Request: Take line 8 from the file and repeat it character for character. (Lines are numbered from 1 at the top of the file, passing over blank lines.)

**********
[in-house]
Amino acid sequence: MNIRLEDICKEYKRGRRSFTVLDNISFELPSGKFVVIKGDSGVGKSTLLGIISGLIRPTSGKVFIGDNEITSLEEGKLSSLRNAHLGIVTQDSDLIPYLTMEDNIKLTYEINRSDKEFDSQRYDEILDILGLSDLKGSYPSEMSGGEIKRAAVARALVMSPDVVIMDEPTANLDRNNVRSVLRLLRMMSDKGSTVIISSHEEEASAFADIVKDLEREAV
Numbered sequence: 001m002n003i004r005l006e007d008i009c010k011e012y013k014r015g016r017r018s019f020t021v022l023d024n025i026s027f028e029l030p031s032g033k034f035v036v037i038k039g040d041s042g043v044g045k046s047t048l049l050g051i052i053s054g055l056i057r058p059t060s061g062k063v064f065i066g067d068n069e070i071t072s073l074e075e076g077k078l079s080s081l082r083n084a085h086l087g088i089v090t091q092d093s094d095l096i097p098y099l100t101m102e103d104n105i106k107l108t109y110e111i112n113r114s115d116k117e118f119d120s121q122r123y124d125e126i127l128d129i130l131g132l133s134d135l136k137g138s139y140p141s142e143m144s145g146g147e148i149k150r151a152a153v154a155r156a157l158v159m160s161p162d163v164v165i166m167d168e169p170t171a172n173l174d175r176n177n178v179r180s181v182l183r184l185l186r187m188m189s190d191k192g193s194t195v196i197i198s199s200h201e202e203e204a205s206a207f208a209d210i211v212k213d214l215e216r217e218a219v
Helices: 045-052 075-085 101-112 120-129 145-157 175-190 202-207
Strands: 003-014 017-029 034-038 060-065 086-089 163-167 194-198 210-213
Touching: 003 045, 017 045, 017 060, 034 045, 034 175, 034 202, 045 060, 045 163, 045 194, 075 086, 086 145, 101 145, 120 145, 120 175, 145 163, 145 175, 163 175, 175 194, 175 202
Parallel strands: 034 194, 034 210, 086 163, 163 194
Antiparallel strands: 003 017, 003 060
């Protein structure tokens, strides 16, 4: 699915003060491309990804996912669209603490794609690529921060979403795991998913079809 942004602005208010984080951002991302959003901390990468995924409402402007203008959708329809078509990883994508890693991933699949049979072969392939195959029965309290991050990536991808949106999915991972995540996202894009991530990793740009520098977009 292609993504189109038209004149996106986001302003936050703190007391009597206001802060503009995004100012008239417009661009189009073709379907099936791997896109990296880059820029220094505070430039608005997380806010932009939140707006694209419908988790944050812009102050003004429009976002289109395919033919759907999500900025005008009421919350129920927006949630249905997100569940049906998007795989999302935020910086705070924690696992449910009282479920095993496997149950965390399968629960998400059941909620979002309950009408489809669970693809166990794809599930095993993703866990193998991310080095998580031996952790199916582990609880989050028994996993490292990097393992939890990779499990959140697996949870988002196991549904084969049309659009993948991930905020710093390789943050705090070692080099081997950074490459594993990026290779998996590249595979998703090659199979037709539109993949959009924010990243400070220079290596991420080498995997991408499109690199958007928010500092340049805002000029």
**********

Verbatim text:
Antiparallel strands: 003 017, 003 060